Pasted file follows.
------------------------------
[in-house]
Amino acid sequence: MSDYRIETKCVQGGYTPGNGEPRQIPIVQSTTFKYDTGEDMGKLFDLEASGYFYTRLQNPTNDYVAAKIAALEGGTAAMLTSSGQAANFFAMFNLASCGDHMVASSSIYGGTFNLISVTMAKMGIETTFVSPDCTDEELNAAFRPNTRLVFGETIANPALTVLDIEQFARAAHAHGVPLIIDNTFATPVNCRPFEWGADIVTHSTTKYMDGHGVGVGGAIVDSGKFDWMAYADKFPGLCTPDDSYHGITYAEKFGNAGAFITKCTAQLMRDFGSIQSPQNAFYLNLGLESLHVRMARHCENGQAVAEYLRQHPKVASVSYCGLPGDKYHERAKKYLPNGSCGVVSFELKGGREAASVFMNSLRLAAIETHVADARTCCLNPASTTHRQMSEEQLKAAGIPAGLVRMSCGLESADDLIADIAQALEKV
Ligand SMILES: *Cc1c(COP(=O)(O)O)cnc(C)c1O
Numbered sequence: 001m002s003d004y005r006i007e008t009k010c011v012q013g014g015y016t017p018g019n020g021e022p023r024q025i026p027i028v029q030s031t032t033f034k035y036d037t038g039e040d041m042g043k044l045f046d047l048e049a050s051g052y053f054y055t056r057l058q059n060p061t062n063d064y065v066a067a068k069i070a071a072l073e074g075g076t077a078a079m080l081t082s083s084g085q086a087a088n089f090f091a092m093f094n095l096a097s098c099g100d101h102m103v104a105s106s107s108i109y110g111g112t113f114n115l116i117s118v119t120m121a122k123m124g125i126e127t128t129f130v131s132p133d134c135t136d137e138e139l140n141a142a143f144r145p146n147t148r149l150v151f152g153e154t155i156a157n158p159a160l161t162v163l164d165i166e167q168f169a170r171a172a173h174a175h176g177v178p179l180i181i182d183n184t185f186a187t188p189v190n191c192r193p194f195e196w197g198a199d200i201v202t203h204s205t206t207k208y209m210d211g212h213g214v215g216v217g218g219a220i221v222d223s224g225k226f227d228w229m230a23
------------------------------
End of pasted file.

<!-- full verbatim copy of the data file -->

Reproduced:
[in-house]
Amino acid sequence: MSDYRIETKCVQGGYTPGNGEPRQIPIVQSTTFKYDTGEDMGKLFDLEASGYFYTRLQNPTNDYVAAKIAALEGGTAAMLTSSGQAANFFAMFNLASCGDHMVASSSIYGGTFNLISVTMAKMGIETTFVSPDCTDEELNAAFRPNTRLVFGETIANPALTVLDIEQFARAAHAHGVPLIIDNTFATPVNCRPFEWGADIVTHSTTKYMDGHGVGVGGAIVDSGKFDWMAYADKFPGLCTPDDSYHGITYAEKFGNAGAFITKCTAQLMRDFGSIQSPQNAFYLNLGLESLHVRMARHCENGQAVAEYLRQHPKVASVSYCGLPGDKYHERAKKYLPNGSCGVVSFELKGGREAASVFMNSLRLAAIETHVADARTCCLNPASTTHRQMSEEQLKAAGIPAGLVRMSCGLESADDLIADIAQALEKV
Ligand SMILES: *Cc1c(COP(=O)(O)O)cnc(C)c1O
Numbered sequence: 001m002s003d004y005r006i007e008t009k010c011v012q013g014g015y016t017p018g019n020g021e022p023r024q025i026p027i028v029q030s031t032t033f034k035y036d037t038g039e040d041m042g043k044l045f046d047l048e049a050s051g052y053f054y055t056r057l058q059n060p061t062n063d064y065v066a067a068k069i070a071a072l073e074g075g076t077a078a079m080l081t082s083s084g085q086a087a088n089f090f091a092m093f094n095l096a097s098c099g100d101h102m103v104a105s106s107s108i109y110g111g112t113f114n115l116i117s118v119t120m121a122k123m124g125i126e127t128t129f130v131s132p133d134c135t136d137e138e139l140n141a142a143f144r145p146n147t148r149l150v151f152g153e154t155i156a157n158p159a160l161t162v163l164d165i166e167q168f169a170r171a172a173h174a175h176g177v178p179l180i181i182d183n184t185f186a187t188p189v190n191c192r193p194f195e196w197g198a199d200i201v202t203h204s205t206t207k208y209m210d211g212h213g214v215g216v217g218g219a220i221v222d223s224g225k226f227d228w229m230a23